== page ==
Currently rank 8, done 30 out of the 50 missions. Haven't felt the need to buy IAP since my uncommon grade weapons do fine getting 1-shots in the head. Premium will make it all a joke, at least at this point of the game. 3-starred everything thus far.

    You gain enough money and exp to level up your characters (leader and wingman) and your guns after every game.

    Yes, this is still Mobage.

    • Scot Damn

      Sounds like a re-balance is in order in their favor. I'd love to be wrong though.

  • Cocosoy

    Heroes of Dragon Age - Every aspect of this game was designed to grab cash from the players. This is one of the worst F2P game out there in terms of being greedy. Every single free unit is pathetic and the energy timer is just outrageous. With full energy bar, you can only play for about 5 min., then you need to wait for HOURS to play again. How encouraging is that? EA is the worst company in the US for a reason. I am just surprised they are willing to ruin one of their most successful franchise for some quick cash grab.

    Also, the game is 99% auto-pilot, you CAN NOT making any meaningful decisions let alone control any units during battle. You can only manage your squad in a very limited way. (No equipments at all). There is NO GAME PLAY.

    Avoid Heroes of Dragon Age please, because you WILL FEEL compelled to buy the IAP. That's just how the game was designed. The paid booster pack - don't be fooled by the name, you only get ONE unit per pack. And it cost about $4. 90% of the so called epic units are just useless. So you need to spend at least $400 to get the "real end game good heroes".

    Before you download this game, ask yourself "Am I willing to dump $500 into an IOS game that has no gameplay at all?"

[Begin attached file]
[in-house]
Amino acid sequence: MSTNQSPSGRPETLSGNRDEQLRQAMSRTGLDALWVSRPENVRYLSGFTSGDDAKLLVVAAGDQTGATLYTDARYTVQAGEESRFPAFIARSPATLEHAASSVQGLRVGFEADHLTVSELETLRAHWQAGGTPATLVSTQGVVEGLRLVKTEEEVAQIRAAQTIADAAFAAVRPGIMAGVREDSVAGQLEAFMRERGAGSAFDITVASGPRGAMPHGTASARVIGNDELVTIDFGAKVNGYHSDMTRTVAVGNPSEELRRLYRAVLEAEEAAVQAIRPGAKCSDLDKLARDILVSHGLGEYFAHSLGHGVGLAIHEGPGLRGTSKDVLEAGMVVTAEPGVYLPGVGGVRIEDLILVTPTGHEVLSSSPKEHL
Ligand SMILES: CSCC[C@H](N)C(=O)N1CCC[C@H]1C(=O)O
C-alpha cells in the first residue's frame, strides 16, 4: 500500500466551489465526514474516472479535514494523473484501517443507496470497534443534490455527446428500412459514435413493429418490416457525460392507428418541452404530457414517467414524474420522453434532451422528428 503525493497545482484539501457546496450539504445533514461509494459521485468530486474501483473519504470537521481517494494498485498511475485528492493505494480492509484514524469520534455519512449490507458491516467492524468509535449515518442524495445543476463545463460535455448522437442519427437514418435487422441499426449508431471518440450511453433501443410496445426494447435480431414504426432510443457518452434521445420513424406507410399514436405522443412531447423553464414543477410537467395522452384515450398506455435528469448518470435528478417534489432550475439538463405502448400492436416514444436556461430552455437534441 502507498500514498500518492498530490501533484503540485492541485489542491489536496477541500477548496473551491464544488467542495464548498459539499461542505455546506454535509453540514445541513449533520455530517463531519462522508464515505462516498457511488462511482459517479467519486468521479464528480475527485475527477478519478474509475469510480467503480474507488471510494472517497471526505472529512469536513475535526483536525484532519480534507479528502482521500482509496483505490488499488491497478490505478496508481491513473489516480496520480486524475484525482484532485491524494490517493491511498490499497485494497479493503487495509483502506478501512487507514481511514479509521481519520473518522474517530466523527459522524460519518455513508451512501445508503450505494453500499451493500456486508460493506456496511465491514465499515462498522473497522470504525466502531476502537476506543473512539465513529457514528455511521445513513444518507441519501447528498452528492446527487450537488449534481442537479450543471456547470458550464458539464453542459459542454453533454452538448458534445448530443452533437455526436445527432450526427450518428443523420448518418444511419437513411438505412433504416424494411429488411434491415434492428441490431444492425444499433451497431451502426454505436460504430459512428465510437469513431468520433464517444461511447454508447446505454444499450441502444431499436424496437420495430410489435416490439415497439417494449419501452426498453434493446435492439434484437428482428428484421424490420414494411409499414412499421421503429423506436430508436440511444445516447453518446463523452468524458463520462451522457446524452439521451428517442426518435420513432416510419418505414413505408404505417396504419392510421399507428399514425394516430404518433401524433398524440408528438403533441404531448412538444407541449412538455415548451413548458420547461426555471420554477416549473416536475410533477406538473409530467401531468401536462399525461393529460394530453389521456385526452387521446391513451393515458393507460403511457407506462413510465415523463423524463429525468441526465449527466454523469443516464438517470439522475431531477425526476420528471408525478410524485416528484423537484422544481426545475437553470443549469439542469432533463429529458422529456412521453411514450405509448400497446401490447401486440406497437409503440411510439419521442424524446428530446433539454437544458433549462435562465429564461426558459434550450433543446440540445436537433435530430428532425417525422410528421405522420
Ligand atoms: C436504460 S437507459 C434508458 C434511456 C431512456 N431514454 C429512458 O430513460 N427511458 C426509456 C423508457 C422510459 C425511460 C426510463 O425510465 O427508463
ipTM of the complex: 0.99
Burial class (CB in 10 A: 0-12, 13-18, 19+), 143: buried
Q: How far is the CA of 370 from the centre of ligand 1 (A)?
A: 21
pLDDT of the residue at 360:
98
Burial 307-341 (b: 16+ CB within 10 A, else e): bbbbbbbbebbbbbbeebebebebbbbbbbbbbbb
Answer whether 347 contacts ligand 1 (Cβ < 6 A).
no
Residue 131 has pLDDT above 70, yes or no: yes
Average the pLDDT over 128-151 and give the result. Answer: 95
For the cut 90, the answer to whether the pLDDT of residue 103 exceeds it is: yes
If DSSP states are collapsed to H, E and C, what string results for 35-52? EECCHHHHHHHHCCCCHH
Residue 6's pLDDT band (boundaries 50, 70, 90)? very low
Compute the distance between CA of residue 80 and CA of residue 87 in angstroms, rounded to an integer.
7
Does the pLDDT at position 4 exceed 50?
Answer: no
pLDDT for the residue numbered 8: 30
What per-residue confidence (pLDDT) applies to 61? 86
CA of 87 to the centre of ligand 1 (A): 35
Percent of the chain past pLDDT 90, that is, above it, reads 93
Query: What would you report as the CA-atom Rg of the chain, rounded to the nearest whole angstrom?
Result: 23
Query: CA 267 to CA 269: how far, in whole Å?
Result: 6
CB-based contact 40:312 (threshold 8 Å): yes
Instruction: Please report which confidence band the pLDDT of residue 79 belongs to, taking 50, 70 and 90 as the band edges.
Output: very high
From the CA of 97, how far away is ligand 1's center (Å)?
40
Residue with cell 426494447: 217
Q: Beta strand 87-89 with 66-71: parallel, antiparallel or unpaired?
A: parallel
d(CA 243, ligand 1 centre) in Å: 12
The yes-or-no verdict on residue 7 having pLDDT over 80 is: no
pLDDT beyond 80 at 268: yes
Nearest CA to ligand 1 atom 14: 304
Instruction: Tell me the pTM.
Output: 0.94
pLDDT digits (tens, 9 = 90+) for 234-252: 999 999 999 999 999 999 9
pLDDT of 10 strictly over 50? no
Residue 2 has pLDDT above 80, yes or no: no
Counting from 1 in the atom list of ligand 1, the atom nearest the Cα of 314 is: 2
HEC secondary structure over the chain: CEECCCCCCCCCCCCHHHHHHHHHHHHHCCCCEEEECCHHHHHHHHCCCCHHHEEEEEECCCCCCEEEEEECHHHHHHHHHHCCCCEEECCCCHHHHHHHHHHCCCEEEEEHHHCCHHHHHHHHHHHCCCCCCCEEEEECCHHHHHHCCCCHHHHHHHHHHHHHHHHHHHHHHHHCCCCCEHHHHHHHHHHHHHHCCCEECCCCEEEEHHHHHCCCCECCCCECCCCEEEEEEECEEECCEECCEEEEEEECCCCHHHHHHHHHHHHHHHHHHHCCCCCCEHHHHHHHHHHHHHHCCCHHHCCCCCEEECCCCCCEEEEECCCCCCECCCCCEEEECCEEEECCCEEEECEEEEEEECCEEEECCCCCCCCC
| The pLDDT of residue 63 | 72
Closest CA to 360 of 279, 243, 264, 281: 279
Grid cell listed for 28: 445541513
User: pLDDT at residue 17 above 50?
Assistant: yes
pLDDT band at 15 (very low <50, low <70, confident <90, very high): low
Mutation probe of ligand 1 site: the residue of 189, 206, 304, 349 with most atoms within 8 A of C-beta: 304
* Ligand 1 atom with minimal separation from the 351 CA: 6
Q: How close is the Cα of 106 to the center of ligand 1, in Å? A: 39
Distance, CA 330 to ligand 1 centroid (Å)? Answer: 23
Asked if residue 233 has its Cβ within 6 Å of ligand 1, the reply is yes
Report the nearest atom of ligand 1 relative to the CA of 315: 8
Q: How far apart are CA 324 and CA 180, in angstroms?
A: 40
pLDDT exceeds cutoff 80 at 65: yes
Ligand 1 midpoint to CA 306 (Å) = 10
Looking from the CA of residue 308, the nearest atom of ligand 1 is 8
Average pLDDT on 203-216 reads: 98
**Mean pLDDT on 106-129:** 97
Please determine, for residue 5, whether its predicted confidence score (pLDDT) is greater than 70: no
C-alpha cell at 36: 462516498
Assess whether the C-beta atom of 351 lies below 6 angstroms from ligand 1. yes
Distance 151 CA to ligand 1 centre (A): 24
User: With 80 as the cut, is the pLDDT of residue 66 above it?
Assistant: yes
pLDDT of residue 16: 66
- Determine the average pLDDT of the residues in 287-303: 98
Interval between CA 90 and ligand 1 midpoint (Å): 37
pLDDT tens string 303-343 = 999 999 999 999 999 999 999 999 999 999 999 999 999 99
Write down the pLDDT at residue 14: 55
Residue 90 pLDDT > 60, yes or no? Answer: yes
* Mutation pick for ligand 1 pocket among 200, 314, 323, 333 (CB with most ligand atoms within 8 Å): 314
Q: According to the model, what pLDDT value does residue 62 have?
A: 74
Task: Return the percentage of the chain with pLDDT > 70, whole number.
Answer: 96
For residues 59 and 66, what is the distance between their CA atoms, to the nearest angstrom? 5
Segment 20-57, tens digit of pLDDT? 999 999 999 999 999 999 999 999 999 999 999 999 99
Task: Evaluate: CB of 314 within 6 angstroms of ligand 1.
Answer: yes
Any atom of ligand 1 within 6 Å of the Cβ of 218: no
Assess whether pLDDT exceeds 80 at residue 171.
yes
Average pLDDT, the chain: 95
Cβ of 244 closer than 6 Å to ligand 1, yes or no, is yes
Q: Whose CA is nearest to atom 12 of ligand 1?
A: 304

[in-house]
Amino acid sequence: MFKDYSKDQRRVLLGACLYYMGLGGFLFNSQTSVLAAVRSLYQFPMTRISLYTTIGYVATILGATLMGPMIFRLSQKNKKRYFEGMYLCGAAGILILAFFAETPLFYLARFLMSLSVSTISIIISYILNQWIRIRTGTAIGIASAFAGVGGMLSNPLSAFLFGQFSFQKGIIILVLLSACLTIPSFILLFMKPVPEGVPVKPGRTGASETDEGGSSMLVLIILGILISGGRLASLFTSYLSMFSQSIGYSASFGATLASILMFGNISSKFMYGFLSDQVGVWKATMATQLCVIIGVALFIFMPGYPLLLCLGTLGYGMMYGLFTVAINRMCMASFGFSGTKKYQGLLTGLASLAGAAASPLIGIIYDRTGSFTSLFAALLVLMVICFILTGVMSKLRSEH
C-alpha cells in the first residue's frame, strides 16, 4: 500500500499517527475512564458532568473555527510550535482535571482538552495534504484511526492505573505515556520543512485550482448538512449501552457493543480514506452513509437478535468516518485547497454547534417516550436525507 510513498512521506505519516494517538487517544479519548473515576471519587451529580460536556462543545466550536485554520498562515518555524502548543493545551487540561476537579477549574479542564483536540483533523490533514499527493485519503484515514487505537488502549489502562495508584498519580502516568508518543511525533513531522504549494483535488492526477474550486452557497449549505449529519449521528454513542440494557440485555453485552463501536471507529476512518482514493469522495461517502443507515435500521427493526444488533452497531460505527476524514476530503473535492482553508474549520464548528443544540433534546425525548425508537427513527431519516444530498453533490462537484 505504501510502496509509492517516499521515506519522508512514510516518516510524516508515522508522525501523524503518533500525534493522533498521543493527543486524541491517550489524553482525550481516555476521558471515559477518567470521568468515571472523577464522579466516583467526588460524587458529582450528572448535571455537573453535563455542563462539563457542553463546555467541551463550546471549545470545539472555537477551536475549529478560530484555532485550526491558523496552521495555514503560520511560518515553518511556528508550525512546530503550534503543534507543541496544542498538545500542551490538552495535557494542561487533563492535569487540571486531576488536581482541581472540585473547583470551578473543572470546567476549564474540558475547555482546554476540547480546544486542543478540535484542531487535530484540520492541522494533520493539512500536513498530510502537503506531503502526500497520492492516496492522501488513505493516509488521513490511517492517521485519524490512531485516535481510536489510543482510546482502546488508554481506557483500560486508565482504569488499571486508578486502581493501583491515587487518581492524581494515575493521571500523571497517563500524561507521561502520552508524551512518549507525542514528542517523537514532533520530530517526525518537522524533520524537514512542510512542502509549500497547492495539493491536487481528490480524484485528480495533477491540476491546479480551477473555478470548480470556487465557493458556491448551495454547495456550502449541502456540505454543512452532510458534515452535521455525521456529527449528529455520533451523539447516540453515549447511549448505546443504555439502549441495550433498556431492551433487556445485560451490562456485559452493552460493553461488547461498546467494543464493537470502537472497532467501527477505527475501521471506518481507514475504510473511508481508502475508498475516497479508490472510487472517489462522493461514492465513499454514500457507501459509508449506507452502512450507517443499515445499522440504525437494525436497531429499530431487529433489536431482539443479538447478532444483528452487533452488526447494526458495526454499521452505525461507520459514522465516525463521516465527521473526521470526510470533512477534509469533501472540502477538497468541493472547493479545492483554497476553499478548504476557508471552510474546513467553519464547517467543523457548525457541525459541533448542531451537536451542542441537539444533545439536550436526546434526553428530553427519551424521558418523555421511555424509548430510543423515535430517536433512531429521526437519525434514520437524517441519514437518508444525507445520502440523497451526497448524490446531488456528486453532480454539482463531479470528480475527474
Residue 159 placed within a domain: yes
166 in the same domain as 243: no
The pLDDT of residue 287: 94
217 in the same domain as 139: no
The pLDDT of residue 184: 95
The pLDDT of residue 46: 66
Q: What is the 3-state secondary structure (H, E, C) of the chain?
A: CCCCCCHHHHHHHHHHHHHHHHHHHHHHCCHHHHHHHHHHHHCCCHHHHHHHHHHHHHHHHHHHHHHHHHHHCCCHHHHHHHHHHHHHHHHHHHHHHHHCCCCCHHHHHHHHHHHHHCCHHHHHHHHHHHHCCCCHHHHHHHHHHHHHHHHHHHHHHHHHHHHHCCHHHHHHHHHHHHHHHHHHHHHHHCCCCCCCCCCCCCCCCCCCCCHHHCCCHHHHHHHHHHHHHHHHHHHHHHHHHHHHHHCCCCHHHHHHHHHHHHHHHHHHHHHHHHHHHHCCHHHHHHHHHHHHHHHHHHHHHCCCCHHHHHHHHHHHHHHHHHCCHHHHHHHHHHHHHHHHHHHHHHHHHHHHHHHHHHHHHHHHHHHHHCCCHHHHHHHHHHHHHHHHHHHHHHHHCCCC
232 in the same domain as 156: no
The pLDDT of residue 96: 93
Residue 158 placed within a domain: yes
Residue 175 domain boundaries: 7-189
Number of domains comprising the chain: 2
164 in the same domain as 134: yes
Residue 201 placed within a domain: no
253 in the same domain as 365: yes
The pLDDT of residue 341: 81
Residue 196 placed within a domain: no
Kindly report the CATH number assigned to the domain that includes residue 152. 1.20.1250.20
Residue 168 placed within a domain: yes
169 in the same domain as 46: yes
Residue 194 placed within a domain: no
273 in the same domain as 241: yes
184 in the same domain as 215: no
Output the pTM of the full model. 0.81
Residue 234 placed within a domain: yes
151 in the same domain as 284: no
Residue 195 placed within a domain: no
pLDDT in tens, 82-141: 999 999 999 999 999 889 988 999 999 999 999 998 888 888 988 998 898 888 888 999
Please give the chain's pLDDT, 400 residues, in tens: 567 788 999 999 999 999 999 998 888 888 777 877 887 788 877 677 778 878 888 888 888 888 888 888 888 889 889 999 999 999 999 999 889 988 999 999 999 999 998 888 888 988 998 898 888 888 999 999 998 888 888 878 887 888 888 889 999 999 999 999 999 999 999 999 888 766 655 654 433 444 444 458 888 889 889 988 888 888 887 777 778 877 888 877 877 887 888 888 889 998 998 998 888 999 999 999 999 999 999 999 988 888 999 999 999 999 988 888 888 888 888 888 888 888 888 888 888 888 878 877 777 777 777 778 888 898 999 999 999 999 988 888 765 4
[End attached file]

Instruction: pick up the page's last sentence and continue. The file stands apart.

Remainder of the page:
• Morgan01

      Would you expect anything else from EA?

  • Devok

    Bag, stop your bitching, it's free, what else do you want? It's hard to find free stuff now days. Just download and enjoy the game.

    • Jack_Crow

      "It's hard to find free stuff now days."


      • dariusjr98

        I lol'ed.

  • GaussEX

    Interested but not available in Taiwan for some reason..

  • Zeillusion

    I think hereos of dragon age is an awesome game, sorta like a 3d blood brothers / card game. I like games like that; you earn different hereos with skills & stats. Build your squad and watch them juke it out. I'm a hardcore gamer & casual. I'm not usually for f2p but I love the game. I'll dish out money for premium rather than iaps though. I'll support a f2p once in awhile if the company deserves it. (If it's a good game and just a cash grab)... But yea , I'd recommend it. Pretty fun

  • REkzkaRZ

    The game says it's 66mb, but the first thing that happened for me (iPhone 4 which is *PACKED* with apps) is that it opened & started downloading stuff. I deleted the app when I filled up ~ 150mb. I could have let it finish, but I doubted I would have kept the game anyway -- just wanted to try b/c I was curious.
    I really don't like Apple allowing apps to post their size as the download from Appstore size rather than the full application's actual size. FAIL
    Can someone say how big this app is on their iPhone? (Should show in iTunes when you sync.) Thanks.